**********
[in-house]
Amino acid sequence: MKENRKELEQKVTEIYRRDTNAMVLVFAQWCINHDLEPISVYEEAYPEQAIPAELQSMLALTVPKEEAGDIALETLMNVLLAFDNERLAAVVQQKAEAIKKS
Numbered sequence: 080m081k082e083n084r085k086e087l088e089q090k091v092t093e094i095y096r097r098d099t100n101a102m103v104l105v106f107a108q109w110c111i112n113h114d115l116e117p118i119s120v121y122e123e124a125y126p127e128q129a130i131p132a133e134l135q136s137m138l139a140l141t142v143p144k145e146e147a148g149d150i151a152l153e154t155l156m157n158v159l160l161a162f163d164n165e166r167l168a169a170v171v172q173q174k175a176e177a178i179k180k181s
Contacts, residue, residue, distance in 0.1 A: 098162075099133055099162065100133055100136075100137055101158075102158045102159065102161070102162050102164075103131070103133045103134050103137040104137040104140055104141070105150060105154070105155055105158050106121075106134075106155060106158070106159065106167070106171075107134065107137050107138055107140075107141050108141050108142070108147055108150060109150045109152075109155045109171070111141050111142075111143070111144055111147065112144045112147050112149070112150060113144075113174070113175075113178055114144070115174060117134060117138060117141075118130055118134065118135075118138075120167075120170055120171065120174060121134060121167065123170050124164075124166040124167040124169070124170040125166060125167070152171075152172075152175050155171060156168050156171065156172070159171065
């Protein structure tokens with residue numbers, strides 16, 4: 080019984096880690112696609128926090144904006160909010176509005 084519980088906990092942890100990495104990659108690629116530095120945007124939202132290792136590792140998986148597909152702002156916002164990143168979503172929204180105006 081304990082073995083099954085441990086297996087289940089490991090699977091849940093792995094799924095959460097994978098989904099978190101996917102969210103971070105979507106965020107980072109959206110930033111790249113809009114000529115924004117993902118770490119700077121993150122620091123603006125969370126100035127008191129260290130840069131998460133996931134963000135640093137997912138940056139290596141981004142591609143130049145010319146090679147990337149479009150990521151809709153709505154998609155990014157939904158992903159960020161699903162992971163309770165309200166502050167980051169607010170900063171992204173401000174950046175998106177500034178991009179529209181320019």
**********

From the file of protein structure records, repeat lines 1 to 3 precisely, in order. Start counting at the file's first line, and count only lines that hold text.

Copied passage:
[in-house]
Amino acid sequence: MKENRKELEQKVTEIYRRDTNAMVLVFAQWCINHDLEPISVYEEAYPEQAIPAELQSMLALTVPKEEAGDIALETLMNVLLAFDNERLAAVVQQKAEAIKKS
Numbered sequence: 080m081k082e083n084r085k086e087l088e089q090k091v092t093e094i095y096r097r098d099t100n101a102m103v104l105v106f107a108q109w110c111i112n113h114d115l116e117p118i119s120v121y122e123e124a125y126p127e128q129a130i131p132a133e134l135q136s137m138l139a140l141t142v143p144k145e146e147a148g149d150i151a152l153e154t155l156m157n158v159l160l161a162f163d164n165e166r167l168a169a170v171v172q173q174k175a176e177a178i179k180k181s